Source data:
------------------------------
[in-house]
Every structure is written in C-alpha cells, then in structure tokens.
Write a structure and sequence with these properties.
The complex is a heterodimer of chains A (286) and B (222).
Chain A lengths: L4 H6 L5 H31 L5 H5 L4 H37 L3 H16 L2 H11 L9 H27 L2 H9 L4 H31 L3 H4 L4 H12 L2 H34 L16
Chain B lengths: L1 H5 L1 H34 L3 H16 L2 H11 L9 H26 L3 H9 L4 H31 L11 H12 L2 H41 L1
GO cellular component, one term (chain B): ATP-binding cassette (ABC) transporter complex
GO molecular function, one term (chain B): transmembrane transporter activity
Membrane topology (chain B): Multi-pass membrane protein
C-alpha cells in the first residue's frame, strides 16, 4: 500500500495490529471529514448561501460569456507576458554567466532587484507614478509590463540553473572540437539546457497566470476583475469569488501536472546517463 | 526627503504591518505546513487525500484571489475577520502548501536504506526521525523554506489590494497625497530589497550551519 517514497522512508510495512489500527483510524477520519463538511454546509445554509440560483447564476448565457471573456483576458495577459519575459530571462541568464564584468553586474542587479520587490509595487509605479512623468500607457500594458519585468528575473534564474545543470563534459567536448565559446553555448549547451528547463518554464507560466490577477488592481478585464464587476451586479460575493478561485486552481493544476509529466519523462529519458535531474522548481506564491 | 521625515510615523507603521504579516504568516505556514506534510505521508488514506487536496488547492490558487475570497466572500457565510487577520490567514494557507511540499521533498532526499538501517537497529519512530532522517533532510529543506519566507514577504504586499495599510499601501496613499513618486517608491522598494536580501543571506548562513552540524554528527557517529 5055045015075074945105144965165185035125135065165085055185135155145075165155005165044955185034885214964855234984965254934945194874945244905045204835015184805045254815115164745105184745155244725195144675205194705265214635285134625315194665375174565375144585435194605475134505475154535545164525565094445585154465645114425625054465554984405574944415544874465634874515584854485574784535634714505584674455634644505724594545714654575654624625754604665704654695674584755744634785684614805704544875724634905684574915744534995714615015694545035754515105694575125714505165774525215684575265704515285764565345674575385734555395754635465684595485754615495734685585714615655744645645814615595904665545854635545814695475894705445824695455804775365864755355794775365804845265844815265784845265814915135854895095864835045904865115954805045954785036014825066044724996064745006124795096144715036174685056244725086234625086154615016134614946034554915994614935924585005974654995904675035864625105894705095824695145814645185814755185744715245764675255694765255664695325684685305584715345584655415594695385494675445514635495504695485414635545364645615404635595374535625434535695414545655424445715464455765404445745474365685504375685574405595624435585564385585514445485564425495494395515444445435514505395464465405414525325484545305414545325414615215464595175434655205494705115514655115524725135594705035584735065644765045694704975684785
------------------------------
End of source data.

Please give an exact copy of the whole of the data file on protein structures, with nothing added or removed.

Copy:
[in-house]
Every structure is written in C-alpha cells, then in structure tokens.
Write a structure and sequence with these properties.
The complex is a heterodimer of chains A (286) and B (222).
Chain A lengths: L4 H6 L5 H31 L5 H5 L4 H37 L3 H16 L2 H11 L9 H27 L2 H9 L4 H31 L3 H4 L4 H12 L2 H34 L16
Chain B lengths: L1 H5 L1 H34 L3 H16 L2 H11 L9 H26 L3 H9 L4 H31 L11 H12 L2 H41 L1
GO cellular component, one term (chain B): ATP-binding cassette (ABC) transporter complex
GO molecular function, one term (chain B): transmembrane transporter activity
Membrane topology (chain B): Multi-pass membrane protein
C-alpha cells in the first residue's frame, strides 16, 4: 500500500495490529471529514448561501460569456507576458554567466532587484507614478509590463540553473572540437539546457497566470476583475469569488501536472546517463 | 526627503504591518505546513487525500484571489475577520502548501536504506526521525523554506489590494497625497530589497550551519 517514497522512508510495512489500527483510524477520519463538511454546509445554509440560483447564476448565457471573456483576458495577459519575459530571462541568464564584468553586474542587479520587490509595487509605479512623468500607457500594458519585468528575473534564474545543470563534459567536448565559446553555448549547451528547463518554464507560466490577477488592481478585464464587476451586479460575493478561485486552481493544476509529466519523462529519458535531474522548481506564491 | 521625515510615523507603521504579516504568516505556514506534510505521508488514506487536496488547492490558487475570497466572500457565510487577520490567514494557507511540499521533498532526499538501517537497529519512530532522517533532510529543506519566507514577504504586499495599510499601501496613499513618486517608491522598494536580501543571506548562513552540524554528527557517529 5055045015075074945105144965165185035125135065165085055185135155145075165155005165044955185034885214964855234984965254934945194874945244905045204835015184805045254815115164745105184745155244725195144675205194705265214635285134625315194665375174565375144585435194605475134505475154535545164525565094445585154465645114425625054465554984405574944415544874465634874515584854485574784535634714505584674455634644505724594545714654575654624625754604665704654695674584755744634785684614805704544875724634905684574915744534995714615015694545035754515105694575125714505165774525215684575265704515285764565345674575385734555395754635465684595485754615495734685585714615655744645645814615595904665545854635545814695475894705445824695455804775365864755355794775365804845265844815265784845265814915135854895095864835045904865115954805045954785036014825066044724996064745006124795096144715036174685056244725086234625086154615016134614946034554915994614935924585005974654995904675035864625105894705095824695145814645185814755185744715245764675255694765255664695325684685305584715345584655415594695385494675445514635495504695485414635545364645615404635595374535625434535695414545655424445715464455765404445745474365685504375685574405595624435585564385585514445485564425495494395515444445435514505395464465405414525325484545305414545325414615215464595175434655205494705115514655115524725135594705035584735065644765045694704975684785